The “comfort women” issue is perhaps Japan’s most contentious present-day diplomatic quandary. Inside Japan, the issue is dividing the country across clear ideological lines. Supporters and detractors of “comfort women” are caught in a relentless battle over empirical evidence, the validity of oral testimony, the number of victims, the meaning of sexual slavery, and the definition of coercive recruitment. Credibility, legitimacy and influence serve as the rallying cry for all those involved in the battle. In addition, this largely domestic battleground has been shifted to the international arena, commanding the participation of various state and non-state actors and institutions from all over the world. This film delves deep into the most contentious debates and uncovers the hidden intentions of the supporters and detractors of comfort women. Most importantly it finds answers to some of the biggest questions for Japanese and Koreans: Were comfort women prostitutes or sex slaves? Were they coercively recruited? And, does Japan have a legal responsibility to apologize to the former comfort women?
Part of the problem with reporting on the comfort women issue is the genuine disdain Japanese liberals and nationalists have for each other, and the distrust the Japanese activists have of the Korean media and vice versa. Being a male, Japanese-American director allowed me access to interview Japanese nationalists, who regarded me as an unbiased, Japanese, rational male. Conversely, I was told by Korean and Japanese liberal activists that they may not have granted me an interview if I had been only Japanese, as they had bad experiences with the Japanese media in the past. Because of this, I feel privileged to have been able to make this film and feel a great sense of responsibility to present what I learned through my research and interviews with integrity.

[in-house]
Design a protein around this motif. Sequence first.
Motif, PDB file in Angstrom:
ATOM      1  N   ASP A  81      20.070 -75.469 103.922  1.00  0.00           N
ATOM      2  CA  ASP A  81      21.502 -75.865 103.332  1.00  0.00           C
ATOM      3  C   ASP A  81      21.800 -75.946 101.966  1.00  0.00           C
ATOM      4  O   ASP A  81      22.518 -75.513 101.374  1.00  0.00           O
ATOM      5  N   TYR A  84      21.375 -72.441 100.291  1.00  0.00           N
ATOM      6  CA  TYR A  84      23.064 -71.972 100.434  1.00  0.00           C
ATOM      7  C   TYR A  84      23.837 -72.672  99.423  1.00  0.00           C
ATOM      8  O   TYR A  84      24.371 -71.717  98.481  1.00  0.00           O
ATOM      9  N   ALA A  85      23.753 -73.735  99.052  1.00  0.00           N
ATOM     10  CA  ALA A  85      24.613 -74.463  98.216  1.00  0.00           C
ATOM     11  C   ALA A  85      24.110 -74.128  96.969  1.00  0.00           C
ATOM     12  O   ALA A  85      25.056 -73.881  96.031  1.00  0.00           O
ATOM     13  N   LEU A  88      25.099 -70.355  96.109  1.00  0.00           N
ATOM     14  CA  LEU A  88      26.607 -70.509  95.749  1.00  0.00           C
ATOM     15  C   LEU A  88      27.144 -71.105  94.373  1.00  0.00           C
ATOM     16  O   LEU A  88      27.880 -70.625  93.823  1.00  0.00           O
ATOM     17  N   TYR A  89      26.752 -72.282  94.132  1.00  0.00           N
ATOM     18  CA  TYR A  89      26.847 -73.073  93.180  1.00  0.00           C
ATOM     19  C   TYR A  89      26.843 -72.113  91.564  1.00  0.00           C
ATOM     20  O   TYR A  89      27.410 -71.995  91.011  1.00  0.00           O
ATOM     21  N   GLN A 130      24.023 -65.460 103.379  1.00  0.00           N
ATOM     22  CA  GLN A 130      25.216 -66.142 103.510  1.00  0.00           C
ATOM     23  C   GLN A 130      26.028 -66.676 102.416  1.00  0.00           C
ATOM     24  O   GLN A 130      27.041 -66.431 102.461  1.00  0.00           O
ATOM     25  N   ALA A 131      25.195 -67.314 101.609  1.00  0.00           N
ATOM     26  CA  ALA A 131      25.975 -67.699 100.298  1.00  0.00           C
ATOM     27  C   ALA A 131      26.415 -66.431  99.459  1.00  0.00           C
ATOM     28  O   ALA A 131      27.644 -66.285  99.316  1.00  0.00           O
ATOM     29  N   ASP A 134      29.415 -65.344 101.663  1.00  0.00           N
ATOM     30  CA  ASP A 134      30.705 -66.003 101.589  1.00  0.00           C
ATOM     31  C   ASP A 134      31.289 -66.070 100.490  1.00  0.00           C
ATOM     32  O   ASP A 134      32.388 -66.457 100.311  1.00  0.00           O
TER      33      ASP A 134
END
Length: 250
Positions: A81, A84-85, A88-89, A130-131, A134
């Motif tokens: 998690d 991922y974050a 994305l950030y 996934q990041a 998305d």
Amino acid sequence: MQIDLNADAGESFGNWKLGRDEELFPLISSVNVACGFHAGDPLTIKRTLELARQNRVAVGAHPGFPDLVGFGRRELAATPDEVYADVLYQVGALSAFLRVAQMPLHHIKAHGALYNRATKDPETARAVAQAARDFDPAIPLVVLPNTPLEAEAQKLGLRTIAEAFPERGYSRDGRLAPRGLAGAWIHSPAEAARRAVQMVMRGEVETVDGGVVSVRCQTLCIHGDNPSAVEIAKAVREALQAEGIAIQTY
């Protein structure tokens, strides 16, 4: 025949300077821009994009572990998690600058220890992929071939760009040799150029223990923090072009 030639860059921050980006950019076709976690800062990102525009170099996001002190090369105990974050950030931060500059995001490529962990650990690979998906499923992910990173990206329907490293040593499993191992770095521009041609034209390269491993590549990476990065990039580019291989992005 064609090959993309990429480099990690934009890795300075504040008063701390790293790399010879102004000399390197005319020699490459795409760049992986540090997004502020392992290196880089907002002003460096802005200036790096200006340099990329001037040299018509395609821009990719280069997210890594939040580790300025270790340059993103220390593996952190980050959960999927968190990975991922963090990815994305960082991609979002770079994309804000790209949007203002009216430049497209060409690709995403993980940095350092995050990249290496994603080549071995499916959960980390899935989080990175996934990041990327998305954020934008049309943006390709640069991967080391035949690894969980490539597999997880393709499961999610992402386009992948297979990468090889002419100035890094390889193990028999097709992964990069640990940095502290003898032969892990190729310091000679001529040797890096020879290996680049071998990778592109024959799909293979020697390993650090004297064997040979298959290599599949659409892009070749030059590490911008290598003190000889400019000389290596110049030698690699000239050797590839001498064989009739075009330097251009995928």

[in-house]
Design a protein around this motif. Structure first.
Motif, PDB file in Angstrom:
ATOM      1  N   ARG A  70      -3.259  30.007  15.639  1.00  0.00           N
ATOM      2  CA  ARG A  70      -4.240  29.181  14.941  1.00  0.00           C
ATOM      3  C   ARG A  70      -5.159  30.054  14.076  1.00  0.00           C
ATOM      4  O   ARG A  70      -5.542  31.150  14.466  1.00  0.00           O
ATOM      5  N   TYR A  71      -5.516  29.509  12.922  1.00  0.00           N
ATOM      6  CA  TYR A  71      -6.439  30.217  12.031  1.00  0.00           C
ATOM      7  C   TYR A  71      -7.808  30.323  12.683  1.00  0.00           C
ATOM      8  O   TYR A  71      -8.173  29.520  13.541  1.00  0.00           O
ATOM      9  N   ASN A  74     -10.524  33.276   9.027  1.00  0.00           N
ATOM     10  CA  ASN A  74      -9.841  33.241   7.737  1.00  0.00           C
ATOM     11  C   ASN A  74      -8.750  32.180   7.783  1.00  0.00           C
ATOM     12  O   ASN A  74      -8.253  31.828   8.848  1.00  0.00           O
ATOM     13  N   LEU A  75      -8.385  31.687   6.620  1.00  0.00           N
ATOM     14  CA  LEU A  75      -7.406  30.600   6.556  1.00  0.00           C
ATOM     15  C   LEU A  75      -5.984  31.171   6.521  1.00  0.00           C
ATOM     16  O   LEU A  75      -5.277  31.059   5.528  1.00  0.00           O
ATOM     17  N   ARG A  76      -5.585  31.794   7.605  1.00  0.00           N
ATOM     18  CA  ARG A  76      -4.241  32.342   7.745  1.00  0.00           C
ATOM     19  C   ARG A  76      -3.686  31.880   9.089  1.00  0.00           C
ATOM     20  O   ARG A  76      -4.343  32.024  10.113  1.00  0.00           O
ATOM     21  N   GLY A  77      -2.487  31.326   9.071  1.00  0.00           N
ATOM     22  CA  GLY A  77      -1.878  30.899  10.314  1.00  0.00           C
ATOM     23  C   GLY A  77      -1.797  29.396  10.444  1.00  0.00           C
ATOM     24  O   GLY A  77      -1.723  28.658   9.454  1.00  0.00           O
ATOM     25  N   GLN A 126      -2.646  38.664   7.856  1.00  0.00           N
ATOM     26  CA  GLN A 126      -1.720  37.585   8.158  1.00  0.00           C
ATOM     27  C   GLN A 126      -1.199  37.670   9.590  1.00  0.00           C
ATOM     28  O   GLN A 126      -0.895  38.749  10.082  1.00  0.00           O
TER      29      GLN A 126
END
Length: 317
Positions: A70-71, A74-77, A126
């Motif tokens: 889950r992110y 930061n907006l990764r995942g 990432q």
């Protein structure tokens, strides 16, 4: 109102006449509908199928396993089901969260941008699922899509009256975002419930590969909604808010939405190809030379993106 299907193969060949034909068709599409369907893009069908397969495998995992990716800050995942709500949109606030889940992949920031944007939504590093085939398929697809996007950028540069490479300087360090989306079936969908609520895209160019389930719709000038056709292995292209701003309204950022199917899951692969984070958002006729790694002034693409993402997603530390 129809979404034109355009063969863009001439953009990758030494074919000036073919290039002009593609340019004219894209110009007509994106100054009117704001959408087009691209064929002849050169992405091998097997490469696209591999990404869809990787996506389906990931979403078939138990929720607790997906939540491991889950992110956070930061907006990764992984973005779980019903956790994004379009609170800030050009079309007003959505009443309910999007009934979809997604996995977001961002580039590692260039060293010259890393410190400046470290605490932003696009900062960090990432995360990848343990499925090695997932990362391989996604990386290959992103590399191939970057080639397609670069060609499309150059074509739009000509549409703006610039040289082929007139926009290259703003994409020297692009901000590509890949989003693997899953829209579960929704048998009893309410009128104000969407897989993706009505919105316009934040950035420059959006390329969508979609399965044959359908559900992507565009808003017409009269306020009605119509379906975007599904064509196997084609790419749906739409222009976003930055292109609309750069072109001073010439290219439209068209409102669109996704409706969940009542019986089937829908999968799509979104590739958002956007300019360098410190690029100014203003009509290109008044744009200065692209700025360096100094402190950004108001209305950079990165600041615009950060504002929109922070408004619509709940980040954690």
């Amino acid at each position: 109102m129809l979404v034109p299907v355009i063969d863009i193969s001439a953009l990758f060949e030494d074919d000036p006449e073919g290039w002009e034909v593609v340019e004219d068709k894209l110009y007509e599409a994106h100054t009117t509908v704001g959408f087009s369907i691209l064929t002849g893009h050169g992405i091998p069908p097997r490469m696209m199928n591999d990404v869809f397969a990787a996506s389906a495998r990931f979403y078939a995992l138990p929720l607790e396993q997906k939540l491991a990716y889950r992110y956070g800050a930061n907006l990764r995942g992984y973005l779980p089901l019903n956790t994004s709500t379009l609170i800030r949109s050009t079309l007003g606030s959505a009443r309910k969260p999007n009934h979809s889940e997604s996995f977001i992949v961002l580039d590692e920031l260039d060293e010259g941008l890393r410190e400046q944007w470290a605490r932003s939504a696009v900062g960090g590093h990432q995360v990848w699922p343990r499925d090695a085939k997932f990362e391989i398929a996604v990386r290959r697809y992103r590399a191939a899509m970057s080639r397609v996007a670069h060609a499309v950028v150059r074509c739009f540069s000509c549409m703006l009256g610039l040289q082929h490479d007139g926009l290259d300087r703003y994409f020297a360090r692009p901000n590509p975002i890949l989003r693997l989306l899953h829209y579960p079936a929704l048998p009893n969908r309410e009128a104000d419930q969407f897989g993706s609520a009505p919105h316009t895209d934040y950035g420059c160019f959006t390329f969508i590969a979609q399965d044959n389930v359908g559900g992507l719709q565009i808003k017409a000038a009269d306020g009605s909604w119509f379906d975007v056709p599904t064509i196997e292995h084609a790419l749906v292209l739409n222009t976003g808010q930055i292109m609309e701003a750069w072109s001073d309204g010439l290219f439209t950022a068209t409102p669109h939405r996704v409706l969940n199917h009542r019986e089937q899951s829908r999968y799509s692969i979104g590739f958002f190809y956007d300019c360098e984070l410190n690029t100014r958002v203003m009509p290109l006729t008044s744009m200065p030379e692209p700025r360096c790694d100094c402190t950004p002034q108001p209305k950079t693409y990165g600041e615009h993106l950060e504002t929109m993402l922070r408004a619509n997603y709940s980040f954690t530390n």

Shusenjo: The Main Battlefield of the Comfort Women Issue comes at a time of increasing nationalism all over the world and polarization of news media.
Despite the comfort women issue being covered frequently in the news in both Japan and Korea, the issue isn’t given the depth of reporting that it desperately needs. The result is a general public in both countries that consumes information that, more often than not, supports their country’s stance on the issue, and creates a situation where mutual understanding and reconciliation is impossible.
While struggling to edit the film, it became clear to me why depth and balance are rarely found in films or reports on the issue, and that is because it is much less entertaining. There is a satisfaction or enjoyment in being reassured that our viewpoint is right, which is why news and documentaries are so one-sided these days. Shusenjo may be an uncomfortable film to watch for both liberals and conservatives, and it may feel overly detailed to viewers from the West, but it was important to de-sensationalize the issue and thoroughly address each of the
major arguments for Japanese people and Koreans who are seeking the truth. That being said, I tried to make the information as easily digestible as possible, and I hope that Shusenjo provides the depth of information and context that can lead to more productive discussions on the issue in the future.
Finally, Shusenjo focuses on the comfort women issue between Koreans and Japanese, as they are the most politically active groups; however, I feel it is important to mention that the comfort women system affected the lives of women from all over East Asia, including China, Taiwan, Philippines, Indonesia, Burma, Malaysia, East Timor and Micronesia. Therefore, this is not just a diplomatic issue between two countries, but an international human/woman’s rights issue that has implications on how we view violence against women during war.
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